UBC Faculty Research and Publications

Lip Movements Affect Infant Audiovisual Speech Perception Yeung, Ho Henny; Werker, Janet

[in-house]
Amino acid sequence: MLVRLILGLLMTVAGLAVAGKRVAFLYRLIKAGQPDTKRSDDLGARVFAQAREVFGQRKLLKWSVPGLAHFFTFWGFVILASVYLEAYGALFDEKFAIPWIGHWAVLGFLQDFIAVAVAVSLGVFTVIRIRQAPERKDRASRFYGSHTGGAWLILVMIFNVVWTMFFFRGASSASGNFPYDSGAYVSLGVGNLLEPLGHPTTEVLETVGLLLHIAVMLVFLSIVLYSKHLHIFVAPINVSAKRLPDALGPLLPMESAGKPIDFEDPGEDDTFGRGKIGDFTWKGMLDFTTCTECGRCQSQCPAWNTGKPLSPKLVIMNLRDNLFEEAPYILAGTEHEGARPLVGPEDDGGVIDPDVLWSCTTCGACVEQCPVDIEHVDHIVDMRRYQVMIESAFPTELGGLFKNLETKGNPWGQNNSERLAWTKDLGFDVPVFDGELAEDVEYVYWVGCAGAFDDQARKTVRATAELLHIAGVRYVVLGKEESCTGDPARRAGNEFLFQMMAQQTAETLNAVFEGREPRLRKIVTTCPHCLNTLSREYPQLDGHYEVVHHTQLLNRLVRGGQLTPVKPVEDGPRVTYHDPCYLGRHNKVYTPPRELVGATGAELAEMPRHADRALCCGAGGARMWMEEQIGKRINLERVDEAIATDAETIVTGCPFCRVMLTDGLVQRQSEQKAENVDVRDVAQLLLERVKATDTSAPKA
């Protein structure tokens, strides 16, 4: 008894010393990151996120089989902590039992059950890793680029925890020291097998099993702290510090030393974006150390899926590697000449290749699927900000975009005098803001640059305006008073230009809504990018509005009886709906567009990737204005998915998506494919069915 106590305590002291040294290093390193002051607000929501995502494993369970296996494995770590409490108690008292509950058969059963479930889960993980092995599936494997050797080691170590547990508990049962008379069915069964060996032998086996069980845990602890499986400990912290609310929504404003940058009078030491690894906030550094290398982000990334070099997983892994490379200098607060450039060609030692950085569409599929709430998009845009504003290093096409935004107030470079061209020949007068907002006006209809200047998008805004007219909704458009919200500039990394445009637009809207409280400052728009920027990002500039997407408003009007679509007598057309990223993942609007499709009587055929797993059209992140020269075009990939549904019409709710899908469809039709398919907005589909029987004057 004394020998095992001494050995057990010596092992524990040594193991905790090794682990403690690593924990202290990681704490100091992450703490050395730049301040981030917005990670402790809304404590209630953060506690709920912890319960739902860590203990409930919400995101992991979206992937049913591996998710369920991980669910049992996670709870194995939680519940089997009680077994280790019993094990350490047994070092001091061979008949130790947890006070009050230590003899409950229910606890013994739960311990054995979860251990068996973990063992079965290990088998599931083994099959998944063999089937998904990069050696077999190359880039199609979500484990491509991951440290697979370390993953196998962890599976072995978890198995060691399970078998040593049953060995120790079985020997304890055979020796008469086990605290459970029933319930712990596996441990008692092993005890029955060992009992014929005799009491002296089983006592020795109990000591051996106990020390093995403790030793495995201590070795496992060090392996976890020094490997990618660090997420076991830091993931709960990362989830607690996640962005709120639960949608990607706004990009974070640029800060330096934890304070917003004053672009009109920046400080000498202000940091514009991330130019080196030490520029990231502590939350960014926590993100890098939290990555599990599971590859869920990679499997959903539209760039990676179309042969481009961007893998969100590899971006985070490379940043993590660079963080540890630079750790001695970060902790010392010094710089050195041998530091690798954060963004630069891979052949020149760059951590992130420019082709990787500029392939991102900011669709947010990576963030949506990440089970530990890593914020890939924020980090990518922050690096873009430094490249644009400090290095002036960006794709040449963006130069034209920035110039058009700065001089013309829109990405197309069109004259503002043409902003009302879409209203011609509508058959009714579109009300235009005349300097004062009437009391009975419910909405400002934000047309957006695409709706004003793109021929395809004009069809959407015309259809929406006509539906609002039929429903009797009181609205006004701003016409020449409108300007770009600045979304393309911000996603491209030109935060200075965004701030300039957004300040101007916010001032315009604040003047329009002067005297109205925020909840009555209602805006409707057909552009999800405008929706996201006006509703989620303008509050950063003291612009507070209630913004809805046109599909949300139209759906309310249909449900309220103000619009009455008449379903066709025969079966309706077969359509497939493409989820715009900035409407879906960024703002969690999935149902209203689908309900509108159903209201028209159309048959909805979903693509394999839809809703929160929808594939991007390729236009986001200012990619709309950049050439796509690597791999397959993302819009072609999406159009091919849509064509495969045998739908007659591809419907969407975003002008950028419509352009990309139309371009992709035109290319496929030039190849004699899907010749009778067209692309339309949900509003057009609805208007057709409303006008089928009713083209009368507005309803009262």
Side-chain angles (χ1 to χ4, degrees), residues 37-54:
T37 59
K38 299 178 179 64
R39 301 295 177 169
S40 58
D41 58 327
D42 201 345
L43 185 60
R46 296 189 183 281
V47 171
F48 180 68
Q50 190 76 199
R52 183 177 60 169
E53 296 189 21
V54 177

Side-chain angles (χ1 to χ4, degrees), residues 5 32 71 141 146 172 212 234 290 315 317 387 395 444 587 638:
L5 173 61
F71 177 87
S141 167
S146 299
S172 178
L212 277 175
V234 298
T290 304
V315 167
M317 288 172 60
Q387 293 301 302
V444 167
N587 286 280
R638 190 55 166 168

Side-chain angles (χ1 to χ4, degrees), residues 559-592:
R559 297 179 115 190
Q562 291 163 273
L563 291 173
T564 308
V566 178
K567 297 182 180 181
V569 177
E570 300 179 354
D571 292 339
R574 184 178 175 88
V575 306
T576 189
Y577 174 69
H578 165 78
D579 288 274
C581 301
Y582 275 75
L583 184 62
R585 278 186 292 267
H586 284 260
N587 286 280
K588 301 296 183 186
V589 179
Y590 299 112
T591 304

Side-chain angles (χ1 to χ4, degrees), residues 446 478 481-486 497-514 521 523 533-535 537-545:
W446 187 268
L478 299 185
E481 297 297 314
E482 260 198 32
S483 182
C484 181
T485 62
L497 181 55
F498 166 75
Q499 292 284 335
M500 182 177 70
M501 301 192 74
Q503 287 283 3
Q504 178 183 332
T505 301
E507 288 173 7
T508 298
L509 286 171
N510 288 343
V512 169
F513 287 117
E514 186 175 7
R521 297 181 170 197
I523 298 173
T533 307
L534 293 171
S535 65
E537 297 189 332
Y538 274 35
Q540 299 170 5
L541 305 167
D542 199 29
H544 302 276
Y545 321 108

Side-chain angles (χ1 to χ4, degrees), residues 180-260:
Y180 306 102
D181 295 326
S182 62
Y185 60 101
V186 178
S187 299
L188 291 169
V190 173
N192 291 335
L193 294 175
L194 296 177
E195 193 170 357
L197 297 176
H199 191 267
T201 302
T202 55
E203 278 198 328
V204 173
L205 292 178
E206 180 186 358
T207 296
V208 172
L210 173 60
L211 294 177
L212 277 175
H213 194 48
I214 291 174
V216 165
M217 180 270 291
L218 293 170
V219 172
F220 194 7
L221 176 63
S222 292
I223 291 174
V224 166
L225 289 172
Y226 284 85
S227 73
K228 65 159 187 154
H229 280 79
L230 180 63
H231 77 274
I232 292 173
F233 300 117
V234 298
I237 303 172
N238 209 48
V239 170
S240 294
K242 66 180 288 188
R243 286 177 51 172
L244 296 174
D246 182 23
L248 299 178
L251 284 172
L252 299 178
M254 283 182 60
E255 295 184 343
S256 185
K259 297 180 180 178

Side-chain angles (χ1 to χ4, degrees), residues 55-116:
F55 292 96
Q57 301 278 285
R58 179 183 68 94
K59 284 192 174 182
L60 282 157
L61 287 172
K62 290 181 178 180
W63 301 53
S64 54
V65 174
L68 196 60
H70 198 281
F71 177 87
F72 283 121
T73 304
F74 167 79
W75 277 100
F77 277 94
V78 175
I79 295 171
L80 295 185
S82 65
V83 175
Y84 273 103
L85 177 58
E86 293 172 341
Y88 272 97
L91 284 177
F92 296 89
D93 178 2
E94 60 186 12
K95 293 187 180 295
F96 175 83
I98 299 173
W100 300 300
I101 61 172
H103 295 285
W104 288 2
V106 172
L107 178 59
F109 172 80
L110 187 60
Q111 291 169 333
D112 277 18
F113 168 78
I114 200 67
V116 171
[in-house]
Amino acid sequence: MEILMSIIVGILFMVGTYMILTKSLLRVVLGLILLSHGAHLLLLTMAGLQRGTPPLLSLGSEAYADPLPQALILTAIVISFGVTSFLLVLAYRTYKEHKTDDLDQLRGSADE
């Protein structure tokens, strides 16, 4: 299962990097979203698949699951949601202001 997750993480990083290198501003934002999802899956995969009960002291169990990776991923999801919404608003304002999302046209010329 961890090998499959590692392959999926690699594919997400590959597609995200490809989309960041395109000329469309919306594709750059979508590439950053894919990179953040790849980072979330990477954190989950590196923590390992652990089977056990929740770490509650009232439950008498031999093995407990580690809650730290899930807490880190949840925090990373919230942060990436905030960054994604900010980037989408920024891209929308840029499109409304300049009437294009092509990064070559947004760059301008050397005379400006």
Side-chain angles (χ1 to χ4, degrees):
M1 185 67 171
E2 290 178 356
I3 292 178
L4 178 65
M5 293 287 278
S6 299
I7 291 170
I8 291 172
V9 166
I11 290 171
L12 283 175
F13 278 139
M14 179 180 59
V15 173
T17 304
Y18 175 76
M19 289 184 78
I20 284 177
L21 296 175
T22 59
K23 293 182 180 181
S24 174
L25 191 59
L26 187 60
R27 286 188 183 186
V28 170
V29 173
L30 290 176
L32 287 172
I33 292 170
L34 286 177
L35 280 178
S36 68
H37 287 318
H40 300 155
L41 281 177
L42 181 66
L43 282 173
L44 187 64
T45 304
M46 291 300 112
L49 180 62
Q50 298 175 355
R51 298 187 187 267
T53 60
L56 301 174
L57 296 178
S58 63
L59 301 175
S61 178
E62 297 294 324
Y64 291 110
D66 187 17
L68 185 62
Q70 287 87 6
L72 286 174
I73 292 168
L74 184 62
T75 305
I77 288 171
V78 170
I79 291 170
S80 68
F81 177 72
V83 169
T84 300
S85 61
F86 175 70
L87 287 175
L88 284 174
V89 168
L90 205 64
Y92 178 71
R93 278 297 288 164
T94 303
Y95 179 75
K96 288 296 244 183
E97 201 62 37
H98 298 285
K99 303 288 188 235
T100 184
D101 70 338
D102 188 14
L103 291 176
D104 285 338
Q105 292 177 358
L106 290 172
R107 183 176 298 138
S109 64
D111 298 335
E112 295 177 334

Speech is robustly audiovisual from early in infancy. Here we show that audiovisual speech perception in 4.5-month-old infants is further influenced by sensorimotor information from lip movements made while chewing or sucking. Experiment 1 consisted of a classic audiovisual matching procedure, where two simultaneously displayed talking faces (visual [i] and [u]) were presented with a synchronous vowel (audio /i/ or /u/). Compared to a baseline condition with nothing in the mouth, looking was selectively biased away from the audiovisual matching face when infants produced lip movements similar to the heard vowel, but returned to baseline when infants produced lip movements similar to the competing vowel. Experiment 2 confirmed that these sensorimotor effects interacted with the heard vowel, as looking patterns differed when infants produced identical lip movements while hearing an unrelated vowel (audio /a/). These findings suggest that the development of speech perception and speech production may be mutually informative.

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